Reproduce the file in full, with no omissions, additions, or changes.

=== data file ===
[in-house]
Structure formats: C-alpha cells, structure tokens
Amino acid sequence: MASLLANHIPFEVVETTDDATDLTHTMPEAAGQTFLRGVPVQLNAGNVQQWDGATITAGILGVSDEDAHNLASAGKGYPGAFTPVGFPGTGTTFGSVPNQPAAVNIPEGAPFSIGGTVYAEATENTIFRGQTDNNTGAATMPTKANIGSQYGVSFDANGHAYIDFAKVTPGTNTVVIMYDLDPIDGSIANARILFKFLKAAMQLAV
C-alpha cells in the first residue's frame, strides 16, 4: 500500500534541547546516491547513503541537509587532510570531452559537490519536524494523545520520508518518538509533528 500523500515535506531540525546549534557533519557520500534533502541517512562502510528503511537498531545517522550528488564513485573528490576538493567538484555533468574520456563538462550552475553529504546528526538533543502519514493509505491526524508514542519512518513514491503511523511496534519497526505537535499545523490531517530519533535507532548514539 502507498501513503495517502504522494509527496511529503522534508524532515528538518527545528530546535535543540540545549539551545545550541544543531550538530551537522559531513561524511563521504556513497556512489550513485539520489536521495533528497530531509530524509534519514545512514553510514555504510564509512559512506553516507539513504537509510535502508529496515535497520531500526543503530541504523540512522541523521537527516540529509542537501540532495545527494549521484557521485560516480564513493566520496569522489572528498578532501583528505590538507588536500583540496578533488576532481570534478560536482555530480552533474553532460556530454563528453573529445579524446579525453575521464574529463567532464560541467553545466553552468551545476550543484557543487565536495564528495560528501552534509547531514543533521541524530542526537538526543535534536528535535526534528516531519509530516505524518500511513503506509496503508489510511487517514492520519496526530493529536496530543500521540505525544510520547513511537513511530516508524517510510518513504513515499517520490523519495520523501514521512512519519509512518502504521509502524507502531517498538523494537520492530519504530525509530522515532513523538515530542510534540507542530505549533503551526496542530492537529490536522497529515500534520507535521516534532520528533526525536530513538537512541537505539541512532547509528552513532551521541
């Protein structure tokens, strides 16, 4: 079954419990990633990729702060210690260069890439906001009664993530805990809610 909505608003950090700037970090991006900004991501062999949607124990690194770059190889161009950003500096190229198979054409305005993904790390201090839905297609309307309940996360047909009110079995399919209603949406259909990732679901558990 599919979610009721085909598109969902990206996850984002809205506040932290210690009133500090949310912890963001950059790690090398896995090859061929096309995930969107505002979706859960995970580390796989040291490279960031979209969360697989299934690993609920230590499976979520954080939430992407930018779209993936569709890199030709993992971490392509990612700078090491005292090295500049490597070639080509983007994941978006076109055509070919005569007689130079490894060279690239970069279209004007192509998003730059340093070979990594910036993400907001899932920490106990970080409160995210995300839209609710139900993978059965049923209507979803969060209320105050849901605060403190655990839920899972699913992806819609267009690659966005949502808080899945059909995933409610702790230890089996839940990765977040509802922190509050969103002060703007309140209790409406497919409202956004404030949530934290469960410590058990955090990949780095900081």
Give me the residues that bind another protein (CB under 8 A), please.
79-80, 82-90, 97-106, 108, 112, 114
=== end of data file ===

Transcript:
[in-house]
Structure formats: C-alpha cells, structure tokens
Amino acid sequence: MASLLANHIPFEVVETTDDATDLTHTMPEAAGQTFLRGVPVQLNAGNVQQWDGATITAGILGVSDEDAHNLASAGKGYPGAFTPVGFPGTGTTFGSVPNQPAAVNIPEGAPFSIGGTVYAEATENTIFRGQTDNNTGAATMPTKANIGSQYGVSFDANGHAYIDFAKVTPGTNTVVIMYDLDPIDGSIANARILFKFLKAAMQLAV
C-alpha cells in the first residue's frame, strides 16, 4: 500500500534541547546516491547513503541537509587532510570531452559537490519536524494523545520520508518518538509533528 500523500515535506531540525546549534557533519557520500534533502541517512562502510528503511537498531545517522550528488564513485573528490576538493567538484555533468574520456563538462550552475553529504546528526538533543502519514493509505491526524508514542519512518513514491503511523511496534519497526505537535499545523490531517530519533535507532548514539 502507498501513503495517502504522494509527496511529503522534508524532515528538518527545528530546535535543540540545549539551545545550541544543531550538530551537522559531513561524511563521504556513497556512489550513485539520489536521495533528497530531509530524509534519514545512514553510514555504510564509512559512506553516507539513504537509510535502508529496515535497520531500526543503530541504523540512522541523521537527516540529509542537501540532495545527494549521484557521485560516480564513493566520496569522489572528498578532501583528505590538507588536500583540496578533488576532481570534478560536482555530480552533474553532460556530454563528453573529445579524446579525453575521464574529463567532464560541467553545466553552468551545476550543484557543487565536495564528495560528501552534509547531514543533521541524530542526537538526543535534536528535535526534528516531519509530516505524518500511513503506509496503508489510511487517514492520519496526530493529536496530543500521540505525544510520547513511537513511530516508524517510510518513504513515499517520490523519495520523501514521512512519519509512518502504521509502524507502531517498538523494537520492530519504530525509530522515532513523538515530542510534540507542530505549533503551526496542530492537529490536522497529515500534520507535521516534532520528533526525536530513538537512541537505539541512532547509528552513532551521541
């Protein structure tokens, strides 16, 4: 079954419990990633990729702060210690260069890439906001009664993530805990809610 909505608003950090700037970090991006900004991501062999949607124990690194770059190889161009950003500096190229198979054409305005993904790390201090839905297609309307309940996360047909009110079995399919209603949406259909990732679901558990 599919979610009721085909598109969902990206996850984002809205506040932290210690009133500090949310912890963001950059790690090398896995090859061929096309995930969107505002979706859960995970580390796989040291490279960031979209969360697989299934690993609920230590499976979520954080939430992407930018779209993936569709890199030709993992971490392509990612700078090491005292090295500049490597070639080509983007994941978006076109055509070919005569007689130079490894060279690239970069279209004007192509998003730059340093070979990594910036993400907001899932920490106990970080409160995210995300839209609710139900993978059965049923209507979803969060209320105050849901605060403190655990839920899972699913992806819609267009690659966005949502808080899945059909995933409610702790230890089996839940990765977040509802922190509050969103002060703007309140209790409406497919409202956004404030949530934290469960410590058990955090990949780095900081």
Give me the residues that bind another protein (CB under 8 A), please.
79-80, 82-90, 97-106, 108, 112, 114